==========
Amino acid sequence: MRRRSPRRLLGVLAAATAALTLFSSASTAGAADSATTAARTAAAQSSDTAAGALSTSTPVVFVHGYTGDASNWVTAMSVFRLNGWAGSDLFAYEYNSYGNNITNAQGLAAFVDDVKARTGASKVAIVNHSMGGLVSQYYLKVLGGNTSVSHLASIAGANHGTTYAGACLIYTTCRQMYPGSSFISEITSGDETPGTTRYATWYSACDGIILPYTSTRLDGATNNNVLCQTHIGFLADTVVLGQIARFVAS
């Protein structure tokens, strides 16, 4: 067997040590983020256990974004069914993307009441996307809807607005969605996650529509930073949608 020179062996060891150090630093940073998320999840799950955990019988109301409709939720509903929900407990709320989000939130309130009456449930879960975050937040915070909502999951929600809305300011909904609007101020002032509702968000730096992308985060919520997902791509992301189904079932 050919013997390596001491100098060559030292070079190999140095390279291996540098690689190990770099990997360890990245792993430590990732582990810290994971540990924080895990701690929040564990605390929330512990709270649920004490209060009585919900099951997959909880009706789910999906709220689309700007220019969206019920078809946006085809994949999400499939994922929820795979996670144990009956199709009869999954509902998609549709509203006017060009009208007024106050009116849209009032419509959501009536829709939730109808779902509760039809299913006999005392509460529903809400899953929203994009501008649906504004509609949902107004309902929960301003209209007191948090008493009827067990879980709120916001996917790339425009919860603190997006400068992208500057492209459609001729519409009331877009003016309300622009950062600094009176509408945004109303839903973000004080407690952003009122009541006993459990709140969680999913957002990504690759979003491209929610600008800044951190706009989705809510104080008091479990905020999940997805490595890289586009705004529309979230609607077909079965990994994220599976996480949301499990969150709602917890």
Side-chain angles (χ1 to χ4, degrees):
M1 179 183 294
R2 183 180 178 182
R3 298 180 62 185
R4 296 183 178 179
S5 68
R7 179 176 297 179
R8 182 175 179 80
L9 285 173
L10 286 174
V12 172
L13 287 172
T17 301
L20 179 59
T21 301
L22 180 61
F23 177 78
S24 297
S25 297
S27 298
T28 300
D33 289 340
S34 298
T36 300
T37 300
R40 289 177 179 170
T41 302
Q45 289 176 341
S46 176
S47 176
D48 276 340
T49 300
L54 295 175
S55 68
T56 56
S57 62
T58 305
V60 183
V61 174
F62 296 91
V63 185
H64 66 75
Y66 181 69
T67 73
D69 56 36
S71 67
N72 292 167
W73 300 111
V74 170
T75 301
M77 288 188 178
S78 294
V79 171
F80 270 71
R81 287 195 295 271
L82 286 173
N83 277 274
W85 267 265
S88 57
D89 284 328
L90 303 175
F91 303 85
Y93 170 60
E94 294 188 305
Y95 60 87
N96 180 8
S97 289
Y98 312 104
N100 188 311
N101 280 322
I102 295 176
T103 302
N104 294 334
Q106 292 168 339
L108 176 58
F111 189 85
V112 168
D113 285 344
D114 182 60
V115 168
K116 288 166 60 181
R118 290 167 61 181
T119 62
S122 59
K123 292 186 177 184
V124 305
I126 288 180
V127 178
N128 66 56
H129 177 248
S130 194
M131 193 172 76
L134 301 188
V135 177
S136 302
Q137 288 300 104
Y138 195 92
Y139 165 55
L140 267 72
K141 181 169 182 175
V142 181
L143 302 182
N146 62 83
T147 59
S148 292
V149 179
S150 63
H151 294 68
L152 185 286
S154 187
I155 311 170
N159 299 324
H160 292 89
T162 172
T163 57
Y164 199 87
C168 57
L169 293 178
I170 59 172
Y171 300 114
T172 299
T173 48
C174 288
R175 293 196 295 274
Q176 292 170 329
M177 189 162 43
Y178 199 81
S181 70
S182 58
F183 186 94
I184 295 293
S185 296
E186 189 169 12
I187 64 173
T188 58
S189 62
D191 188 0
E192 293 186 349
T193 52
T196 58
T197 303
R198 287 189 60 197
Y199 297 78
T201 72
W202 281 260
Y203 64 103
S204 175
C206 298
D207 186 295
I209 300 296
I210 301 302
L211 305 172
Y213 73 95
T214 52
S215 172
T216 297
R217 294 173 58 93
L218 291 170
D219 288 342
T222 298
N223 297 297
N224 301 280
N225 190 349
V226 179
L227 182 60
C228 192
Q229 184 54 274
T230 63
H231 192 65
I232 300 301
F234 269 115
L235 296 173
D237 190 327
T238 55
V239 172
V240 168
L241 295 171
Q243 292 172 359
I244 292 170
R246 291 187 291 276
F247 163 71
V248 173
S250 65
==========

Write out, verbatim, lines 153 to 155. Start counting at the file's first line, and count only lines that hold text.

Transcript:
I210 301 302
L211 305 172
Y213 73 95